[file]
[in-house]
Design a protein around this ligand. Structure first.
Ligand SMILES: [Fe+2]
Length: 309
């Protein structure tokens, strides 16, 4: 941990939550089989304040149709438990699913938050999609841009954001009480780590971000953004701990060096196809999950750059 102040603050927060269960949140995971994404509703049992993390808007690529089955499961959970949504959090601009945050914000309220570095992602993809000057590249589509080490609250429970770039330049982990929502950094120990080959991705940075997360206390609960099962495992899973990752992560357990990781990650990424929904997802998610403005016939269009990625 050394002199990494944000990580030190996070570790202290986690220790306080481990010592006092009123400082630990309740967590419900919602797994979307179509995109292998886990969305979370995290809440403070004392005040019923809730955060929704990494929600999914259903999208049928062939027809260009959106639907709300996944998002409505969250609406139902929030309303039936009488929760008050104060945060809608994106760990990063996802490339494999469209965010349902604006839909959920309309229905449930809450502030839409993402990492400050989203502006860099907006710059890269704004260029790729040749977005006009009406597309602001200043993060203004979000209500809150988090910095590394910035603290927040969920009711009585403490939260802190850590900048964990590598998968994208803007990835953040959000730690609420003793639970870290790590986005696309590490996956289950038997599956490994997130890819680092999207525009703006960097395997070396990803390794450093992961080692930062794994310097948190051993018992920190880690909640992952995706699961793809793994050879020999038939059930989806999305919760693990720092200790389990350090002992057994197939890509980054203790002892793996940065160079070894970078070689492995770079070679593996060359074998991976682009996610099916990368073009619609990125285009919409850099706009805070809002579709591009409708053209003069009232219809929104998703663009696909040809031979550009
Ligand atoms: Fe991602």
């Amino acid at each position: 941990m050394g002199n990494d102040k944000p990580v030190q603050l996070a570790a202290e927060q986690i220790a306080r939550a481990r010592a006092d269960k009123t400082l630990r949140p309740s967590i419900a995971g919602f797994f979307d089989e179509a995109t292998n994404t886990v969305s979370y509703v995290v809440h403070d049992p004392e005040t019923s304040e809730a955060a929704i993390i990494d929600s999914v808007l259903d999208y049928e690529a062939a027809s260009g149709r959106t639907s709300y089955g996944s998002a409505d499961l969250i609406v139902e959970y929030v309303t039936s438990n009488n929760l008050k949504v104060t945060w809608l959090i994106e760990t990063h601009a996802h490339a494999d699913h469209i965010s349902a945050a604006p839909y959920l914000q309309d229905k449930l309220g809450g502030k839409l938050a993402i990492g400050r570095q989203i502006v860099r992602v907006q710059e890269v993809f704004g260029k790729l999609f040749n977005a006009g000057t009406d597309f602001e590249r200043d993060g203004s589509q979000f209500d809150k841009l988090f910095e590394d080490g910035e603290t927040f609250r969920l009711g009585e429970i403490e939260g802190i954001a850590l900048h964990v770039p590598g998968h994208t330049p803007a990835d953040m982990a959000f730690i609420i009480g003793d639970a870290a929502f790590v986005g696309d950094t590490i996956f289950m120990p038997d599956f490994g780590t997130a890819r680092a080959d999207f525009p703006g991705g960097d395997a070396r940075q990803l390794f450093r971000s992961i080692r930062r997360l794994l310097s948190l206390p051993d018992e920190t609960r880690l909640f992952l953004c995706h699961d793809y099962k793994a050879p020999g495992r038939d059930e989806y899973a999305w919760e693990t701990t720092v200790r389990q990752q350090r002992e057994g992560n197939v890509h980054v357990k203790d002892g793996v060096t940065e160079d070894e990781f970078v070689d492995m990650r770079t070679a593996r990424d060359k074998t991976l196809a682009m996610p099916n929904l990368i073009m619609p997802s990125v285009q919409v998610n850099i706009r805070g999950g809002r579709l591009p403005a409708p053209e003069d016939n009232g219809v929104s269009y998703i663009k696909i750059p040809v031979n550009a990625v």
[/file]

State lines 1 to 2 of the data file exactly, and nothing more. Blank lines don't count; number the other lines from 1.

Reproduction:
[in-house]
Design a protein around this ligand. Structure first.